Anti-nuclear priest fights for election in India
He defies Church authorities but hopes they will be sympathetic
M.P. Jesuraj (left) on the campaign trail. The broomstick in front of him is the symbol of his party, the AAP
Life as a parish priest has never been the same for M.P. Jesuraj since his parishioners decided to protest aggressively against a Russian-sponsored nuclear power project in their village of Koodankulam, Tamil Nadu, in 2010.
He converted his parish home at Our Lady of Lourdes Church into a campaign center for their efforts.
Along with other campaigners and thousands of fishermen, he staged a series of non-violent protests over three years. During the course of it, a total of more than 300 criminal cases were registered against him alone.
“We fought against all odds and police brutality,” he says. “The government ignored our pleas and we were on hunger strike for more than 70 days over 10 occasions. Five people sacrificed their lives in the struggle.”
Ultimately their struggle proved unsuccessful, as the government commissioned the nuclear plant last October.
Now Jesuraj is fighting for election as a candidate with the newly formed Aam Aadmi Party (AAP) in the Tirunelveli constituency, where the poll is scheduled for Thursday.
“My people decided that I should contest the election and the AAP was the only political party which supports our stand against nuclear power projects. So I filed my nomination and started my campaign,” he says.
Local Church officials told Jesuraj, who is affectionately nicknamed Mai Pa in his parish, to withdraw from the contest as his candidature was against Canon Law. He decided to go ahead anyway, and hopes that Church leaders will be sympathetic towards him.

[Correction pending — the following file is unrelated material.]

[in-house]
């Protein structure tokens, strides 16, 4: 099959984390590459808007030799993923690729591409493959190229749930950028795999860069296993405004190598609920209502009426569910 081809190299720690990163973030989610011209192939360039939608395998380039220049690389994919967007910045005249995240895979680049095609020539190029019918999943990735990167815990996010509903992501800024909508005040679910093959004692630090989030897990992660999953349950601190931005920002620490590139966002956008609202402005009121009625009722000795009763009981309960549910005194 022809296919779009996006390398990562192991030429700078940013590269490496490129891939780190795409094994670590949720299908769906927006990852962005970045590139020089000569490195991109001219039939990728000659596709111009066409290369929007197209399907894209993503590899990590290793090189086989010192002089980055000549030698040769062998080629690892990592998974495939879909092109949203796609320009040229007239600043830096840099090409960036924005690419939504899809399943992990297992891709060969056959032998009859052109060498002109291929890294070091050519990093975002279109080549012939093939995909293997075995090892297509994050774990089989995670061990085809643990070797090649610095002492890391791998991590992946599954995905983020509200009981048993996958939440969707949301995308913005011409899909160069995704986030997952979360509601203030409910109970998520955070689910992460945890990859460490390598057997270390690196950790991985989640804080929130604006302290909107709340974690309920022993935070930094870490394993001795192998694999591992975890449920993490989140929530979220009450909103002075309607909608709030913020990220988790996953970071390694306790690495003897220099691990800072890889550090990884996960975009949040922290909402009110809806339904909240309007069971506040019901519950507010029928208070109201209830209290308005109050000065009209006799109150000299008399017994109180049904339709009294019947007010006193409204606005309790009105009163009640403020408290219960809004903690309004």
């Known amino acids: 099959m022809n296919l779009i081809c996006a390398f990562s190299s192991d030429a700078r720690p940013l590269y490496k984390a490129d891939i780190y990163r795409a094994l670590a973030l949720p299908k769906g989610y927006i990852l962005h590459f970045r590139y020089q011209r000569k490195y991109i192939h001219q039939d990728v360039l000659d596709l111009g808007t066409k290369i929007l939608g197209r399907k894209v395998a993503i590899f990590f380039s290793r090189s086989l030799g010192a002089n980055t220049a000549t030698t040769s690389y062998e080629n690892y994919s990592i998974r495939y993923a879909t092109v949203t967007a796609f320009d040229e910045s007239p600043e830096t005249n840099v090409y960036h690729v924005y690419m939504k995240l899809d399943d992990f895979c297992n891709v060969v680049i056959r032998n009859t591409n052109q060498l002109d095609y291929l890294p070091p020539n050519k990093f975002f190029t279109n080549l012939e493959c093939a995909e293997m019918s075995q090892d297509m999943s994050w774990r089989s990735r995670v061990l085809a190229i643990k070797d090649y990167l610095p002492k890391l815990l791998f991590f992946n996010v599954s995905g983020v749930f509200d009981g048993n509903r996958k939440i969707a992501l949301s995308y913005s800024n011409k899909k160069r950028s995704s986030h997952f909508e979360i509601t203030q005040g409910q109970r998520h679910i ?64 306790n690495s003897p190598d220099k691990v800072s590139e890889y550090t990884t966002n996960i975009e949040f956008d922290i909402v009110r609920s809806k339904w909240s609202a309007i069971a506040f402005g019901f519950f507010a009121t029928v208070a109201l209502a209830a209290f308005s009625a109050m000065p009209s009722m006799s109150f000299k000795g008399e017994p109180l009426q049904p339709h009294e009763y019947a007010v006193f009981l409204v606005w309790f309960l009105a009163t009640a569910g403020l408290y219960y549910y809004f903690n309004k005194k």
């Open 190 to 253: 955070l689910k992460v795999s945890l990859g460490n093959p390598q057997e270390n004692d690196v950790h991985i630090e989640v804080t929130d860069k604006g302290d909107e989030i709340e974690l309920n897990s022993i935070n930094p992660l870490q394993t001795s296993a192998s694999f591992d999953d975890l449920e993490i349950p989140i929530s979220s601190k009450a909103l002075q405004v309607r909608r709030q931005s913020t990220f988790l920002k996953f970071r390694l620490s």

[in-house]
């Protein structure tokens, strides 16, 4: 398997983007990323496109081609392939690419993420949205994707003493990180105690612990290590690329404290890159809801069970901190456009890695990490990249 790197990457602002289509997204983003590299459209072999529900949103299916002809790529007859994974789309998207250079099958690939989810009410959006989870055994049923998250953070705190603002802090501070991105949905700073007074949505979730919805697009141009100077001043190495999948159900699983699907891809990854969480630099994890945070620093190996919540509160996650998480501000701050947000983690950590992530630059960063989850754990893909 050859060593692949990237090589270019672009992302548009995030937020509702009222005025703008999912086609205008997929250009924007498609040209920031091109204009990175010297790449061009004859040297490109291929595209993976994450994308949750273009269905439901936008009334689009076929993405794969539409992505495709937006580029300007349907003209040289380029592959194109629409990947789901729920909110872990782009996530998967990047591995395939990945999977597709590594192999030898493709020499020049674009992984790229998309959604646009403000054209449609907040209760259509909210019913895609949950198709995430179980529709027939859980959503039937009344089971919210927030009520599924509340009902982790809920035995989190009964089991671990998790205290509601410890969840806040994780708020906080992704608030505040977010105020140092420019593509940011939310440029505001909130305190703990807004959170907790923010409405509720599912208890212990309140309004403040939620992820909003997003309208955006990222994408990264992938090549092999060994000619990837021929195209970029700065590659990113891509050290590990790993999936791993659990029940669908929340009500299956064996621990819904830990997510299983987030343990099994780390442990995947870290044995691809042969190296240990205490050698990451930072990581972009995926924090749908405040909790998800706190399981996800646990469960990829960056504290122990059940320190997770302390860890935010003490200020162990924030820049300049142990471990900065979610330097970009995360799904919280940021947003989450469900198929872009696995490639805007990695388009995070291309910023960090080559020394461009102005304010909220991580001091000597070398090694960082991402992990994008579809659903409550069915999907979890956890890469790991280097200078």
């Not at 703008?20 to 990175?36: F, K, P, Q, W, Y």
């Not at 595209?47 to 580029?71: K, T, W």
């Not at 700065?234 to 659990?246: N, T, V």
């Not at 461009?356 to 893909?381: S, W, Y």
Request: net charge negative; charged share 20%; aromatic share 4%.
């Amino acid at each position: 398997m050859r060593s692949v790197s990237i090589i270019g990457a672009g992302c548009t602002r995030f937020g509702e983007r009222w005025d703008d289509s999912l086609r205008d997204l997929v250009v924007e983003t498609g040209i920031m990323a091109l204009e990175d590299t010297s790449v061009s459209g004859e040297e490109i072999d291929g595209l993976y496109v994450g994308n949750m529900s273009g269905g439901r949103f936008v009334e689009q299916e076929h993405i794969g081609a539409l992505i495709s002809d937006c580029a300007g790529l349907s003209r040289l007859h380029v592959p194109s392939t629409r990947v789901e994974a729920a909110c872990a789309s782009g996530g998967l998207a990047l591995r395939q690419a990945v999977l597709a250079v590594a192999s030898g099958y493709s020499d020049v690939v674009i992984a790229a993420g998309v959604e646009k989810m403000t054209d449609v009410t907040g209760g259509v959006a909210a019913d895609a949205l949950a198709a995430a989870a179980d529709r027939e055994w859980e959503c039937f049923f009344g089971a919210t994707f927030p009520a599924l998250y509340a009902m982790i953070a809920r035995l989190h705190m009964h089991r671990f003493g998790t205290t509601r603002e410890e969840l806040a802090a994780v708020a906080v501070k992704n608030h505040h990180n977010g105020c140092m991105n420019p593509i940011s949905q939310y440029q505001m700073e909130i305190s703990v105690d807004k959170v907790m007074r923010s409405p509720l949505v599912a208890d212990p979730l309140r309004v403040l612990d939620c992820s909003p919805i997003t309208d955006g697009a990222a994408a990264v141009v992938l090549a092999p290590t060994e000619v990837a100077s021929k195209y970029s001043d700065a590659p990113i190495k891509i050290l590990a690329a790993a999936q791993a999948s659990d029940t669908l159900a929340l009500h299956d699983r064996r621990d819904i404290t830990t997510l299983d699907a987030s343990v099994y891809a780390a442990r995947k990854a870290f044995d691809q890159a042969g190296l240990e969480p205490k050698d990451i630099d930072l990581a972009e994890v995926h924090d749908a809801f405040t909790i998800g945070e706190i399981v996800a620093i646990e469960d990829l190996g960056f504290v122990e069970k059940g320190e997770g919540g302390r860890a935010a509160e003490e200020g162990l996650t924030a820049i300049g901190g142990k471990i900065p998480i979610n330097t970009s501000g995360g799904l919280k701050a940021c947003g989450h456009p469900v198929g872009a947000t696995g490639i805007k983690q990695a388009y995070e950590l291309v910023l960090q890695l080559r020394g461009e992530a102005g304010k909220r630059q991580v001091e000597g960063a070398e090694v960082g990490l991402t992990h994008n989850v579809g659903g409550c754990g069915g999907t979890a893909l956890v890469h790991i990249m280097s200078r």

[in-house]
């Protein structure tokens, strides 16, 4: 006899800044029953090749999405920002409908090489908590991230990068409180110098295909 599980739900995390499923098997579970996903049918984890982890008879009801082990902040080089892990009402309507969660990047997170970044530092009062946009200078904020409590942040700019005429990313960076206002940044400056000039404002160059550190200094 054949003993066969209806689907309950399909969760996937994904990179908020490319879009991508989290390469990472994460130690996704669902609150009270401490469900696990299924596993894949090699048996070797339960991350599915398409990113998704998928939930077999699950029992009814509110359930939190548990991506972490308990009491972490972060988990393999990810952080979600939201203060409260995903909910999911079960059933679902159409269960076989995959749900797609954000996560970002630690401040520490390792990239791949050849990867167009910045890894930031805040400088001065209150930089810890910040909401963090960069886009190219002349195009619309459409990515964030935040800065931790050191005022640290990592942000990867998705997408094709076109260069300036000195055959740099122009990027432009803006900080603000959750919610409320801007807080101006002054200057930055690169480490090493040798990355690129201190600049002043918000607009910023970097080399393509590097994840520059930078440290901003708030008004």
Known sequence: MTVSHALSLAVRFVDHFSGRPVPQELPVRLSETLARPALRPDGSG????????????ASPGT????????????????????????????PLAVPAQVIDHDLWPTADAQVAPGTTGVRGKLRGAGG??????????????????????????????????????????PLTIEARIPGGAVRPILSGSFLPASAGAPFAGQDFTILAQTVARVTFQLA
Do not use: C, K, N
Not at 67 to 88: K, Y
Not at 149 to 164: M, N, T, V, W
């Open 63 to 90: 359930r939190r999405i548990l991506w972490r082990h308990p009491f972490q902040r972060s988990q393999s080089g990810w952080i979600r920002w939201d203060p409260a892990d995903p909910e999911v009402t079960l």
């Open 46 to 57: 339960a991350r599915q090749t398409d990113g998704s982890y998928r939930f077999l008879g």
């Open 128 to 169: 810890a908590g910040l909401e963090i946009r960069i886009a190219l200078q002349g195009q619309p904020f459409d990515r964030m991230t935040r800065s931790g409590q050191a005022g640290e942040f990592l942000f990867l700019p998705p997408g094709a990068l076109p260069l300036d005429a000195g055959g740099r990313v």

“In this situation, we need political power to meet our ends,” he says.
In this constituency of around 1.2 million voters, Jesuraj is pitched in a five-way contest with all the major political parties fielding candidates.
Over the last 22 days, his campaign trail has taken him to every corner of the constituency and he has hopes of securing 250,000 votes.
“As the parties are divided, I have a fair chance of winning,” he says. “My bet is on the coastal villages and my parishioners.”
If he wins, he would be the second Catholic priest to win election to the Indian parliament’s Lok Sabha, or Lower House. Father Anthony Murmu, a Jesuit, took the Rajmahal constituency in Bihar, eastern India, in 1980. But pressure from Church authorities forced him to resign.
Yet Jesuraj insists: “If I win, I will not opt for resignation. I have to keep my promises to the people. When people suffer injustice, I have to shoulder them.”
Jesuraj, who has been a priest for the last 14 years, believes that preaching alone does not make a good priest. He believes that priests and nuns should show commitment to society by entering politics and fighting against corrupt practices. “We should lead our people and share their crosses,” he says.
“I never introduce myself as a priest,” he adds. “I always tell them that I am their servant. I get a warm reception everywhere. People treat me as one among themselves.”
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